Away We Go
C took me to the movie theater last night for my birthday and even bought me over-priced popcorn and pink lemonade, even though we’d just eaten dinner — because it’s part of the experience. I love going to the movie theater. I love everything about it: the smell of salt and butter, the sticky floors and squeaky seats, the crackles and hisses of the film winding through the projector. A wild, joyous excitement overtakes me when the lights dim for the previews.
We saw Away We Go, written by Dave Eggers and Vendela Vida and directed by Sam Mendes. The movie has gotten some very poor reviews, accusations of smugness, superiority, and condescension, but I can’t understand why. It’s no secret that I’m a big fan of Eggers’ work (having never read anything of Vida’s), but I’ll be the first to admit that sometimes it seems that he knows how good he is. This flick wasn’t smug though. Many reviewers thought that the protagonists, Burt and Verona, are set as foils against all the other self-absorbed or hurting characters, showcasing how superior they are to everyone else. I found the other characters to be warnings about how life can go so terribly wrong. Burt and Verona believe they are in love like no one else has ever been; but didn’t all those other couples probably think the same thing at some point? And now look at them. Burt starts to freak out one evening — what if one of them can’t handle it and walks out? What if he is killed by falling objects while walking near a construction site? (Verona counsels him to stay away from construction sites.) “All we can do is be good for this one baby,” she says (or something like that; I don’t have the best memory). “We don’t have control over much else.”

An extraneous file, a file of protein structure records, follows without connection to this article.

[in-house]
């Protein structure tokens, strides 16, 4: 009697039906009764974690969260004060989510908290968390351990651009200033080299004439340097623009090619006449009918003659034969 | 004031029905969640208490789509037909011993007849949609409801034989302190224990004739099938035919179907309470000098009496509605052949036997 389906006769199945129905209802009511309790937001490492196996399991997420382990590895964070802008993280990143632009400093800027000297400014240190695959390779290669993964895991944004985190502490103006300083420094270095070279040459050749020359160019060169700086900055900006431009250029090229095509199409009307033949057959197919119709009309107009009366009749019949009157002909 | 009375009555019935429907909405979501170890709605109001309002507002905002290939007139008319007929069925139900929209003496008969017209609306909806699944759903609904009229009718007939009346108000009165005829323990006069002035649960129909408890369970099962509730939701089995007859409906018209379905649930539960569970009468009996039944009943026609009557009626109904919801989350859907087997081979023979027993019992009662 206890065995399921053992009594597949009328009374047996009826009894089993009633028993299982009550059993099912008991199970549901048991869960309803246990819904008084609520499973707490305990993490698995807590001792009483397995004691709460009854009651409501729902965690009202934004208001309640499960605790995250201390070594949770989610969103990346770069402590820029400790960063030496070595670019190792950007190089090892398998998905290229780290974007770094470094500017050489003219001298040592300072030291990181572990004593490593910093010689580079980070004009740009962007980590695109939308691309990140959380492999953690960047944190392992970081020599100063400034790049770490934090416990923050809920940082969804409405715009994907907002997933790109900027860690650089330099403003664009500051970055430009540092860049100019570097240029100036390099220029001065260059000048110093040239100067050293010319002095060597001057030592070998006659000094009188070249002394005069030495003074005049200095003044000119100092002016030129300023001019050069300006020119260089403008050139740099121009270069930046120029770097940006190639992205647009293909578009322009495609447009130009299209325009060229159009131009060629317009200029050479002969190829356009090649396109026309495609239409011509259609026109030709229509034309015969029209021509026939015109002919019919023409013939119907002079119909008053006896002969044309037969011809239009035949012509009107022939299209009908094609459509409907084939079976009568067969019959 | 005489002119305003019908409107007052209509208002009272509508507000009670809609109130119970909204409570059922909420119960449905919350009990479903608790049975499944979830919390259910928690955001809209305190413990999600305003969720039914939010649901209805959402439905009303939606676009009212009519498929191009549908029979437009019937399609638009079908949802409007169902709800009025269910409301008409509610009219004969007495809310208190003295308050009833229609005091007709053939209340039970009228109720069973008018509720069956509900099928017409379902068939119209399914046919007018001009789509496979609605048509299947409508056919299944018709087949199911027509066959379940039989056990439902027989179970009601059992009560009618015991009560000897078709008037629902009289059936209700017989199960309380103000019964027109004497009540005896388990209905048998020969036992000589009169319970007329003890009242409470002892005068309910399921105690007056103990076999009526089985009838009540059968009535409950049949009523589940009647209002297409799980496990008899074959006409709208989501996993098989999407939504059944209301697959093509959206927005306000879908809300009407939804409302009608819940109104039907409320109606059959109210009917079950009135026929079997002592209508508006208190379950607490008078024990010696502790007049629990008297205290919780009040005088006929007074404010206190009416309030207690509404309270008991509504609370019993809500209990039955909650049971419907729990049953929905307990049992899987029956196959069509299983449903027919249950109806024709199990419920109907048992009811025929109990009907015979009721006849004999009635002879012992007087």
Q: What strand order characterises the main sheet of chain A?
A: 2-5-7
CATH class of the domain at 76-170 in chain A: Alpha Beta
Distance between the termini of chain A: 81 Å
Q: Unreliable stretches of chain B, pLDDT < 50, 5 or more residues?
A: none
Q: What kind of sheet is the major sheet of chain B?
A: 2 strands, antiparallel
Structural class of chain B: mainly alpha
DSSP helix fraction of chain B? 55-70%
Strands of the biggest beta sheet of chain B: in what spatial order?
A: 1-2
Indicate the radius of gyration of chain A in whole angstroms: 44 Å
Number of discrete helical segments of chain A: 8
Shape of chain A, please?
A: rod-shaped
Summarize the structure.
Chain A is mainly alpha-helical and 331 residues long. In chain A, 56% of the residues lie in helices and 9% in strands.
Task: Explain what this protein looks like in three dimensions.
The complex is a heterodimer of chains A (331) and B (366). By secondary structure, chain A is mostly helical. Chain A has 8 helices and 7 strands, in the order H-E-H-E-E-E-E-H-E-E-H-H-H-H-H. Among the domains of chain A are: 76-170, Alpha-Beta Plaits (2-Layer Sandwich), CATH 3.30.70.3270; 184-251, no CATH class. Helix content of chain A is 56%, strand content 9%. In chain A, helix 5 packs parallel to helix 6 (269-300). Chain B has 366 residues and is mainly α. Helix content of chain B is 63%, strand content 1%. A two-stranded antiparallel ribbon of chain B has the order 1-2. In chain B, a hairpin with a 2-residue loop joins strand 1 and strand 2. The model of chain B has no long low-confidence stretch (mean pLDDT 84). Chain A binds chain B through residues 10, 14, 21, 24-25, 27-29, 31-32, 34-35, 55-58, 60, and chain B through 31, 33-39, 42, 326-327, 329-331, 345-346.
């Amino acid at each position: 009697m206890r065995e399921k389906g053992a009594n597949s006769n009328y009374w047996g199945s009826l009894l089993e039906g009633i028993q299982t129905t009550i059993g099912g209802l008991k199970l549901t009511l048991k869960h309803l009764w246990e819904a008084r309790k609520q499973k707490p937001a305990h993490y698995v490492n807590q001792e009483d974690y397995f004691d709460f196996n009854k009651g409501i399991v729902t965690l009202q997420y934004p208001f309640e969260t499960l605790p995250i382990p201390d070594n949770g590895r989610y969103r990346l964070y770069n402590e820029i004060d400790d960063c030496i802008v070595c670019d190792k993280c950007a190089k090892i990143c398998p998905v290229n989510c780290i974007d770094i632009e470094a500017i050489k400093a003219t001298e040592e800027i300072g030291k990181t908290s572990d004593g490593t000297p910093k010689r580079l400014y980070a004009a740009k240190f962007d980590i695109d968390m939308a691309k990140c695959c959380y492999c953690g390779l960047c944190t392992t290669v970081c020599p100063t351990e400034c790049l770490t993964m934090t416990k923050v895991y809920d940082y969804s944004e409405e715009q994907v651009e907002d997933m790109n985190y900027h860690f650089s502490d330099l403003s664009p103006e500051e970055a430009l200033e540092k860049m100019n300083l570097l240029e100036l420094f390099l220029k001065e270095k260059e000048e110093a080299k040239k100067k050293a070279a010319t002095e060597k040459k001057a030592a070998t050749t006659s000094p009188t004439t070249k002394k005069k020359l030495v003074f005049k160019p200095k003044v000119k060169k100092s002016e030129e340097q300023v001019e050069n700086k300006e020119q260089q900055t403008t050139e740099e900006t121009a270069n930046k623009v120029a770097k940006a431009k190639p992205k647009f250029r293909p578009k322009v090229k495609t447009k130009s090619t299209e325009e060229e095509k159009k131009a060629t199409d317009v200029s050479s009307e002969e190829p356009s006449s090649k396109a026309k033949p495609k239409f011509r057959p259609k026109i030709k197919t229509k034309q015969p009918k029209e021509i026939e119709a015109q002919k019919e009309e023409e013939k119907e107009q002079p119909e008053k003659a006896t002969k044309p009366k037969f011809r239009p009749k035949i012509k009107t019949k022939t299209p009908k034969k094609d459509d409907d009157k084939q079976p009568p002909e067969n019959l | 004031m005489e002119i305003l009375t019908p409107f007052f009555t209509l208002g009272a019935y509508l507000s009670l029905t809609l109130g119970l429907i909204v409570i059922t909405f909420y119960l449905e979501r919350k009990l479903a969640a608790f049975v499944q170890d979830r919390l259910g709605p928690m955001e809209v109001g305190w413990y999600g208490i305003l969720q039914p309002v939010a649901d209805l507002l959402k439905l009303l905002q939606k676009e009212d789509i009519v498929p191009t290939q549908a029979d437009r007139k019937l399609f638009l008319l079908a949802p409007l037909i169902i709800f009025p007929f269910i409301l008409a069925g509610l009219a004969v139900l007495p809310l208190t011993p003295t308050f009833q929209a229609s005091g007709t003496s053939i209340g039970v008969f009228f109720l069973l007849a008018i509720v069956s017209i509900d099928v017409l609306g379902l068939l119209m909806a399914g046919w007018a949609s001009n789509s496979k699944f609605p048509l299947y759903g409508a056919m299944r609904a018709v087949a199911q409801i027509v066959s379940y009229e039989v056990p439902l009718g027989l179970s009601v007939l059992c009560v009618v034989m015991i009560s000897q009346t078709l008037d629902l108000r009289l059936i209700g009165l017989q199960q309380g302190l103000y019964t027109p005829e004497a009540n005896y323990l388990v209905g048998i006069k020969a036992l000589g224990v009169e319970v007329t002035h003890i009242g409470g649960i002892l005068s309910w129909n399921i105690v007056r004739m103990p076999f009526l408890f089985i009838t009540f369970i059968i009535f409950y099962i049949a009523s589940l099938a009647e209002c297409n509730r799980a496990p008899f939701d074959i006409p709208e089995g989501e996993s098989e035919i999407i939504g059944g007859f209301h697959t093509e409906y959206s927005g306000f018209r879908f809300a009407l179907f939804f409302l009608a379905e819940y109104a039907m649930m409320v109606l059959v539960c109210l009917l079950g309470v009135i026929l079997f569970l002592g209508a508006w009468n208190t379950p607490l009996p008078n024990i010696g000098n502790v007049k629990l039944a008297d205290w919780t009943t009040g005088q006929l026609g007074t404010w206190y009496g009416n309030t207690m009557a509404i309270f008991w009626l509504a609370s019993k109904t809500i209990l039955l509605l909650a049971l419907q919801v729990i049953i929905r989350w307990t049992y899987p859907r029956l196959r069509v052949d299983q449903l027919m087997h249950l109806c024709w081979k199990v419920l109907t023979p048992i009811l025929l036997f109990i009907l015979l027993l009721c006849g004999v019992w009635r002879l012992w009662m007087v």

Almost every negative review mentions the words “indie” or “hipster,” and I think there’s more than a little prejudice against the culture of the film — or its writers. I’ve seen smug movies and I’ve read smug books, and this film just isn’t. It’s sweet, and it’s very funny. It wasn’t perfect, mind you — I found the ending a bit too contrived — but it was good.
In other news, I don’t know why I’ve been reading so much about gender issues lately, but I found an amusing article by Stephen Moss in The Guardian about how men are risk-takers and therefore produce greater art. (Apparently it was meant to run concurrent with Tanya Gold’s article about the benefits of a world without men. Moss’ was funny, at least. Gold’s is just a rehash of rather tired old jokes. Tongue in cheek, I hope.) The best part may be the comment after Moss’ article from a user named sofistiKate: “I like men. Couldn’t eat a whole one though. Tried a few times…”